Scott Stone (R): Former N.C. House member, heads civil engineering firm in Charlotte. Campaign website: electscottstone.com.

Andy Wells (R): Three terms in N.C. General Assembly, owns development company in Hickory. Campaign website: andywells.org.

N.C. Rep. Chaz Beasley (D): Lawyer in Mecklenburg County, first elected to state House in 2016. Campaign website: chazbeasley.com.

N.C. Rep. Yvonne Lewis Holley (D): Four-term state representative from Wake County. Campaign website: yvonnelewisholley.com.

Allen Thomas (D): Hoke County Commissioner since 2014, has been giving away cars to “the needy” on campaign trail. Campaign website: allenthomasjr.com.

Bill Toole (D): Environmental attorney, former Belmont City Councilman. Campaign website: votebilltoole.com.

N.C. Sen. Terry Van Duyn (D): Represented Buncombe County in State Senate since 2014. Campaign website: votevanduyn.com.

Superintendent of Public Instruction

The SPI, in shorthand, leads the state’s public education system similar to how county superintendents head their respective districts. However, at the state level, this is an elected position. The SPI reports to the State Board of Education like local superintendents report to local school boards. The current SPI, Johnson, is not seeking re-election as he competes for the GOP nomination for Lieutenant Governor.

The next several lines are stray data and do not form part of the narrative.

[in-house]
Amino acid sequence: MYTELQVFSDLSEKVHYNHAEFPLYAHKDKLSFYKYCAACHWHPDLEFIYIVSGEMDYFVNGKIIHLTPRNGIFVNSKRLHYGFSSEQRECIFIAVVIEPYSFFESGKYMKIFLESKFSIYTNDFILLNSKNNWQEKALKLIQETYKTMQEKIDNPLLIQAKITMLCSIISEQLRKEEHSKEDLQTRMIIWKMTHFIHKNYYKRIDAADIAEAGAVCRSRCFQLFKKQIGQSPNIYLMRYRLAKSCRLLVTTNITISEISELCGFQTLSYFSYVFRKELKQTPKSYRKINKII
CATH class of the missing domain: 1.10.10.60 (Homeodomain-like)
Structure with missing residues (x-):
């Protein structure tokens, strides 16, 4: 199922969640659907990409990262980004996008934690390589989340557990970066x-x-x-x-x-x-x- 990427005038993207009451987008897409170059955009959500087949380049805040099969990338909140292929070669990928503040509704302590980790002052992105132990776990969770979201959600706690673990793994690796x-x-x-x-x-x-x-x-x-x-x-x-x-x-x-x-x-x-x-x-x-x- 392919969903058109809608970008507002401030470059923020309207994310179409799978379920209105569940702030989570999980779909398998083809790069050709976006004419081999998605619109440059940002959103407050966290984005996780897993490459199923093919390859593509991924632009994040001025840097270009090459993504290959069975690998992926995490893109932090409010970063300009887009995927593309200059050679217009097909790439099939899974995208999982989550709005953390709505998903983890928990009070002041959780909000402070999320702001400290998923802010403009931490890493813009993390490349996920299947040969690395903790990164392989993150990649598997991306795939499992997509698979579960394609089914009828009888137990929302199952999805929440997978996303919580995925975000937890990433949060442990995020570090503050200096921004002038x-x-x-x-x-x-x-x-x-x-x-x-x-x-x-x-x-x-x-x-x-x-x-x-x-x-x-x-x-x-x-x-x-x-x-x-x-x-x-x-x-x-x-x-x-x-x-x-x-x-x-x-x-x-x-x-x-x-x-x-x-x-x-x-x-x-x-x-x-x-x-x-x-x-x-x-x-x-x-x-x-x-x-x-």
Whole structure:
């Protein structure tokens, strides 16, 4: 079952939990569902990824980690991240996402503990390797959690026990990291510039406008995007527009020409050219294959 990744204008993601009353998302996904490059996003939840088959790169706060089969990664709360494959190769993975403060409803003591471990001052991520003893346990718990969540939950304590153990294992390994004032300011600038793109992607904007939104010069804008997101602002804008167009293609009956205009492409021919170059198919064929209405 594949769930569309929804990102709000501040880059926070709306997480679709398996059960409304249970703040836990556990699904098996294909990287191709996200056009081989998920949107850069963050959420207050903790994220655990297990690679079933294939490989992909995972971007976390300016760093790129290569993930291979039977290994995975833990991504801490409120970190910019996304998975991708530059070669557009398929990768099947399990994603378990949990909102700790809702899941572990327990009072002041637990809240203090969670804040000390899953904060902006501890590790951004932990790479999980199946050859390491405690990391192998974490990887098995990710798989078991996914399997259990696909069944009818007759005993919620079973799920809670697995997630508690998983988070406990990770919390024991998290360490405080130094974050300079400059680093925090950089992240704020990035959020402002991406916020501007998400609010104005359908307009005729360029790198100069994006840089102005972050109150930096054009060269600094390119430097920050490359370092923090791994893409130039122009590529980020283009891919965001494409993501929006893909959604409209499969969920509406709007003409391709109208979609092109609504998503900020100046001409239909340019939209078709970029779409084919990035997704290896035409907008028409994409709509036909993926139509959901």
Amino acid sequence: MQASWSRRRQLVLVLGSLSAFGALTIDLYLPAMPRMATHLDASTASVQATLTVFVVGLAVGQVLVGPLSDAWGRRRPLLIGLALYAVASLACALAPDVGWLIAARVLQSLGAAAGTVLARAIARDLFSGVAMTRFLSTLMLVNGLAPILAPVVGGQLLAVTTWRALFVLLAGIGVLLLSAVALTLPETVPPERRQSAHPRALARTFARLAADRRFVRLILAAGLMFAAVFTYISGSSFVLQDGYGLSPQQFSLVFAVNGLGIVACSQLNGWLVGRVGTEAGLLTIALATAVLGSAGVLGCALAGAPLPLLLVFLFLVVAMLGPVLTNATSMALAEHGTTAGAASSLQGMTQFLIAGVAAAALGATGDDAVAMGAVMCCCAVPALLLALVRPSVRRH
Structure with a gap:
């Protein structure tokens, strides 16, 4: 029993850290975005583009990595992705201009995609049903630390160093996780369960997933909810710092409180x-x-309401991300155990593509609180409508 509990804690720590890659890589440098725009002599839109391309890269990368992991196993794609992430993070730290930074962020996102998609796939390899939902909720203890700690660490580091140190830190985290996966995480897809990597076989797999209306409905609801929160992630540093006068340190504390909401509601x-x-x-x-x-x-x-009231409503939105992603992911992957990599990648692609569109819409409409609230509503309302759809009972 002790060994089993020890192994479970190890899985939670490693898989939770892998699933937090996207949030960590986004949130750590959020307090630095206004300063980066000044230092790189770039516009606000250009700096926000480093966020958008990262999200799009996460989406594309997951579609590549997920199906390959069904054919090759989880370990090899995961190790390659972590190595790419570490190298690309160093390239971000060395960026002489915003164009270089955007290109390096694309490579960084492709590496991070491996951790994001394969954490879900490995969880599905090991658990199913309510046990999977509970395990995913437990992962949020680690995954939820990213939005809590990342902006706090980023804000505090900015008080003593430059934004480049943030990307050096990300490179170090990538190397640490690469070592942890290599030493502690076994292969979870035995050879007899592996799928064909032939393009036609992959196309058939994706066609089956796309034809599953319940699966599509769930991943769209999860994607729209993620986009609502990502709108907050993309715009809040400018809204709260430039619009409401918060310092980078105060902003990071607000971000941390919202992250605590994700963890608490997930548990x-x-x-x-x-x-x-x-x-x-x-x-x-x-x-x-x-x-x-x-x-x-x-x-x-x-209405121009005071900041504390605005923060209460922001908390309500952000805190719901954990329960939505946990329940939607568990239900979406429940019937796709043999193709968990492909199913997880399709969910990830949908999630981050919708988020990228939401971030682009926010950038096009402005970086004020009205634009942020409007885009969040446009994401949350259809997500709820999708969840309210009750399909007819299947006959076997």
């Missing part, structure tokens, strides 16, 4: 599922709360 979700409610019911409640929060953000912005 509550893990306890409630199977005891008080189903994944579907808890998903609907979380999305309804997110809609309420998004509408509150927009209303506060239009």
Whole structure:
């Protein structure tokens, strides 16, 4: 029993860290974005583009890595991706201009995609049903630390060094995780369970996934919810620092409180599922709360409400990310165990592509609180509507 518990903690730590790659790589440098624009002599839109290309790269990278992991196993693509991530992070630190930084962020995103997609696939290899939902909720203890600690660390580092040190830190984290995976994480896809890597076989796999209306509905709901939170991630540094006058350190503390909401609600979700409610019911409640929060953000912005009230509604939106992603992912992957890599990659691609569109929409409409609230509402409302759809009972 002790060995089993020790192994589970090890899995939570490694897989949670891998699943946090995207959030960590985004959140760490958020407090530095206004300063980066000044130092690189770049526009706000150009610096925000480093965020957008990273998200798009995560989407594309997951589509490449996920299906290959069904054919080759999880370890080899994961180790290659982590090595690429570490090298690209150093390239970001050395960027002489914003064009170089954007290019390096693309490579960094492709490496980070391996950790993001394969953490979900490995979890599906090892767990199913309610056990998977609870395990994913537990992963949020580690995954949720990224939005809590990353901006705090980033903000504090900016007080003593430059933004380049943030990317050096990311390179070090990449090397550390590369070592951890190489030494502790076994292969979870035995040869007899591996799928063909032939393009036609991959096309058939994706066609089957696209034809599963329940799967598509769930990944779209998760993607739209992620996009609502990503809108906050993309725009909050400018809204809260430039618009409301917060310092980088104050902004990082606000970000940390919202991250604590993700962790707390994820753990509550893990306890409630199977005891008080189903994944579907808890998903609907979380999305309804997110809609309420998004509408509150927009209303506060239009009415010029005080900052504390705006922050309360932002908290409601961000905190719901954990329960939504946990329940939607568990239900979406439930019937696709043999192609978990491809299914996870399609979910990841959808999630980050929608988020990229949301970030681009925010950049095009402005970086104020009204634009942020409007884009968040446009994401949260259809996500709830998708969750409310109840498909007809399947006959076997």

N.C. Rep. Craig Horn (R): Elected to N.C. House in 2010 from Weddington, dubbed “Education Legislator” by education policy blog EdNC. Campaign website: horn4ncschools.com.

Catherine Truitt (R): Current chancellor of Western Governors University NC, former senior advisor on education for former Gov. Pat McCrory. Campaign website: catherinetruitt.com.

James Barrett (D): Member of Chapel Hill-Carrboro school board, worked in corporate IT. Campaign website: barrettforschools.com.

Constance (Lav) Johnson (D): Magazine owner and former school teacher and administrator. Campaign website: constancelavjohnson.com.

Michael Maher (D): Former assistant dean of professional education at N.C. State University and former high school science teacher. Campaign website: maherfornc.com.

Jen Mangrum (D): Former teacher and professor, ran for state Senate in 2018. Campaign website: jenmangrumfornc.com.

Keith A. Sutton (D): Wake County Board of Education chairman, runs education consulting firm. Campaign website: votekeithsutton.com.

For sample primary ballots by party in Chatham County, visit chathamnc.org/government/departments-programs/board-of-elections/2020-election-information-notices.

Reporter Zachary Horner can be reached at zhorner@chathamnr.com or on Twitter at @ZachHornerCNR.